iOS 6 is finally here officially. Most of the TiP crew has been running the beta versions throughout the summer, so we’ve got a good taste of what Apple has just unleashed on the public. Possibly the biggest new update was the Maps app. Apple got ballsy and cut as many ties as possible with Google by removing their much-used and much-loved Maps app complete with Street View and replaced it with their own design with Turn-by-Turn Navigation, Traffic updates, and 3D buildings.
Although I miss Street View, the new features and the satellite navigation are great to use. It does still feel a little beta-ish, but, nevertheless it’s great.
The standard view of the maps is fantastic. It’s simple, clean and easy to read. It means that roads are clear and it doesn’t take ages to download data when you’re on the road with nothing but an EDGE signal to go on. It’s when you switch to satellite view that the new program shows its Achilles heel. It’s shocking. Remember Google Earth the day it launched? Yeah, it’s worse than that. Cities become nothing but a blur of colors.
It does have a trick up its sleeve though: 3D. The new Flyover feature is great in the cities it works in. You can pinch to zoom in an out, or use two fingers to rotate around buildings. Once it’s available in the majority of cities, it’s going to be impressive, to say the least. Again, this lack of cities available (although still more than Google Earth’s options) combined with shoddy satellite images give this app its beta feel.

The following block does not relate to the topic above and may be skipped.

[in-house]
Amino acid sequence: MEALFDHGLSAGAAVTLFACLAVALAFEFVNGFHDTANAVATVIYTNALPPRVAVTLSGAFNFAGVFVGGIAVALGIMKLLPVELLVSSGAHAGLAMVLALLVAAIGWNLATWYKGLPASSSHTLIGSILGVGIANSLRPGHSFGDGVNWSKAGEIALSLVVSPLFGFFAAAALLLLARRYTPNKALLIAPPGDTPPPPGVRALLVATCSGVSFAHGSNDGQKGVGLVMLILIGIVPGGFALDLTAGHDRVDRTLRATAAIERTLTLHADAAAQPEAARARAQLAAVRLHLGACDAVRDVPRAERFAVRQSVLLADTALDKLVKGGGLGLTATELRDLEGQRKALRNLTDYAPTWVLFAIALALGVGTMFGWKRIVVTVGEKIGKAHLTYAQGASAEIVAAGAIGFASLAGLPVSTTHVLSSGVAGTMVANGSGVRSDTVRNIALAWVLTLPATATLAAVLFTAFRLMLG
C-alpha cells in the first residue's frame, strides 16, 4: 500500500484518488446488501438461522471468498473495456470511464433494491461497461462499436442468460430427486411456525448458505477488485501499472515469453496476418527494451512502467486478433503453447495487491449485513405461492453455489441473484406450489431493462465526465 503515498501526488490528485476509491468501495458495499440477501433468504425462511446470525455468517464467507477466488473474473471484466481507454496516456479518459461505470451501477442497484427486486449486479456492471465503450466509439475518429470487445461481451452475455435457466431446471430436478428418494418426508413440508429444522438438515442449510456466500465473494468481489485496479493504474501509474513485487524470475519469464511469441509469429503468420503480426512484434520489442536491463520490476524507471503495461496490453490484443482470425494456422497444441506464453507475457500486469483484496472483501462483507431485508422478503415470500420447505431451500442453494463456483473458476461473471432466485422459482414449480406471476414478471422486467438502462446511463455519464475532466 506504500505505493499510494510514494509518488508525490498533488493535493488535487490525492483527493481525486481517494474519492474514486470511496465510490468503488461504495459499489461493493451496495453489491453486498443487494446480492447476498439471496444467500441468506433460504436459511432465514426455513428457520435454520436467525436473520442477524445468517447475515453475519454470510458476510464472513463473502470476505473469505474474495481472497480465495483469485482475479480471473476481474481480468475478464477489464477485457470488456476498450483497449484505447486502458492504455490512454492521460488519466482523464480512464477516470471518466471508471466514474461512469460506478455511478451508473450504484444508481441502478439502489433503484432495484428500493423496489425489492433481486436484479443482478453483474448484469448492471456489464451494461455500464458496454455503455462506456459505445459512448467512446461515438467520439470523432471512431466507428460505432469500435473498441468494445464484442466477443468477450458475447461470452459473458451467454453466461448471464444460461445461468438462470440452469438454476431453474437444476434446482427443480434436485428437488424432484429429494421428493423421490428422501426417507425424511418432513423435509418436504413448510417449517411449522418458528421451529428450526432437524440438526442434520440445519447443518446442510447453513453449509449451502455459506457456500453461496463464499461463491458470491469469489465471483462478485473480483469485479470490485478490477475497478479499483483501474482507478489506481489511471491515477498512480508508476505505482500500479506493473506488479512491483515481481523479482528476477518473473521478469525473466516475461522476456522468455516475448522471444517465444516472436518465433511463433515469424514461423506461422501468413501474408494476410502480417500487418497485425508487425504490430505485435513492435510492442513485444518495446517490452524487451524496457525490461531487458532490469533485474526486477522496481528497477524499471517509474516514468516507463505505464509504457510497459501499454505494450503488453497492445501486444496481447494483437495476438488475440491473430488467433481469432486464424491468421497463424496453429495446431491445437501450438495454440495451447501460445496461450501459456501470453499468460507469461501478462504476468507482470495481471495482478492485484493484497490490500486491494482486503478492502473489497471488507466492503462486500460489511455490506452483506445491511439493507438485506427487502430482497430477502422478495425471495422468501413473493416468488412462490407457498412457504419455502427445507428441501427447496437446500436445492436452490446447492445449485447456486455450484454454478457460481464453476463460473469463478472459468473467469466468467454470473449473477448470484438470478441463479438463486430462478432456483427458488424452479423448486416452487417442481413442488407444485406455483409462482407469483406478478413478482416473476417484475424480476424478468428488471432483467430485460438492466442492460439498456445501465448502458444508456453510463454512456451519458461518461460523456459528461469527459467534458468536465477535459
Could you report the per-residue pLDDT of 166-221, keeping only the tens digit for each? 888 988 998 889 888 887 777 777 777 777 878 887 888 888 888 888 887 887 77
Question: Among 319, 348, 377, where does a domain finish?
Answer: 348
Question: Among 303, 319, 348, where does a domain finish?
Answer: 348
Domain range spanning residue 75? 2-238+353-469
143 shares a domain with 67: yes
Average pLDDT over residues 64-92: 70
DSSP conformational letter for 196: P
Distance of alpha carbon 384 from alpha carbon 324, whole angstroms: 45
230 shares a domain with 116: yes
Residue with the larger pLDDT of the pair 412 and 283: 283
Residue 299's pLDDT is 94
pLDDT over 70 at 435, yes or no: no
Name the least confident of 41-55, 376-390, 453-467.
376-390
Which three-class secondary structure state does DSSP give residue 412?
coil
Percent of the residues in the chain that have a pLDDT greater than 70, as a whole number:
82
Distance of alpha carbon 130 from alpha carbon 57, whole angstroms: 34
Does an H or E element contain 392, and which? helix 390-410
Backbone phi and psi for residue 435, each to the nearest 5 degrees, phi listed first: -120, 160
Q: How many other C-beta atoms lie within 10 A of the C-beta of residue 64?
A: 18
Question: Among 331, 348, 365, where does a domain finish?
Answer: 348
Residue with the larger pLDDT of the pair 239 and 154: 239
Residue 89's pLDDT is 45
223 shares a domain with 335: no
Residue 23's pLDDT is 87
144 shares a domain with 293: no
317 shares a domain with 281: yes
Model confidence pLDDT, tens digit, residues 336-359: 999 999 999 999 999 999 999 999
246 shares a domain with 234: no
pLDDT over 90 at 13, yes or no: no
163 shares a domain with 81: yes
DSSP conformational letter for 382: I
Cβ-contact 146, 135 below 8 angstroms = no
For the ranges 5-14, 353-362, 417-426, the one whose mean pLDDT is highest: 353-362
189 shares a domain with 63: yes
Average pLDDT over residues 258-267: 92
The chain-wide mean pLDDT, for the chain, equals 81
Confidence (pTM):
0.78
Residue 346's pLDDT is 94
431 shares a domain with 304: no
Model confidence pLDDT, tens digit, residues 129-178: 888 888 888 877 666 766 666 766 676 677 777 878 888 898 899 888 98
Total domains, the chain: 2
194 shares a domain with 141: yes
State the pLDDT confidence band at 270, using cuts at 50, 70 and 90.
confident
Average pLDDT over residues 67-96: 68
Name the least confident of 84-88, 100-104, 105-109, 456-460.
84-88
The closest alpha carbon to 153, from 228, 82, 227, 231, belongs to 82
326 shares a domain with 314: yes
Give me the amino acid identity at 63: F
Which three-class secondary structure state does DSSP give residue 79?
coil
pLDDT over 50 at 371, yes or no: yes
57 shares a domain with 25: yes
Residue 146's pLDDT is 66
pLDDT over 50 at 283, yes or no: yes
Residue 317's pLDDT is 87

Wow! I’ve used countless different apps (free and paid), I’ve used Google’s maps, and Navigation on Android handsets like the One X, N1 and G2, but none of them comes close to how well this software performs. I used it during the summer in its beta form and was amazed at its speed and accuracy, even when there was little to no cellular network. I’ve paid almost £20 for CoPilot Live to have the maps on my iPhone’s memory, and even that was slower and less accurate. Also, you can save a lot of battery juice by locking your phone and viewing the instructions on your lock screen. This comes in incredibly handy when you’re on a long stretch of road and regular updates aren’t needed.
What got me was how quickly it refreshed my location on the road, it was almost in real-time. Every other product I’ve used has let me down one time or another in this regard, often leading to missed turns. Not once did I struggle with Navigation in the new Maps app. As I mentioned already, the design is so simple and clear, it’s hard to get it wrong. I can’t wait to see this software once it’s been around a few more months. Apple’s progress on this has been snappish.
Another handy feature, if you’re trying to get somewhere fast, the last thing you want is to be slowed down by traffic. iOS 6′s default maps app shows up to date information on building work, traffic, accidents etc. It’s really rather good.
The rest is rather dull and usual. Nothing that wasn’t there on the old one, just perhaps in a new form. You can select contacts to navigate to, or change your search options. You can select to change your view, drop a pin or even print using AirPrint.
All in all, it’s a great app with a lot of potential. But, rather like Siri’s launch last year, it doesn’t feel quite finished. If it was a piece of hardware, it’d be an iPhone with a loose connection and a dodgy headset jack. It’s not a complete product.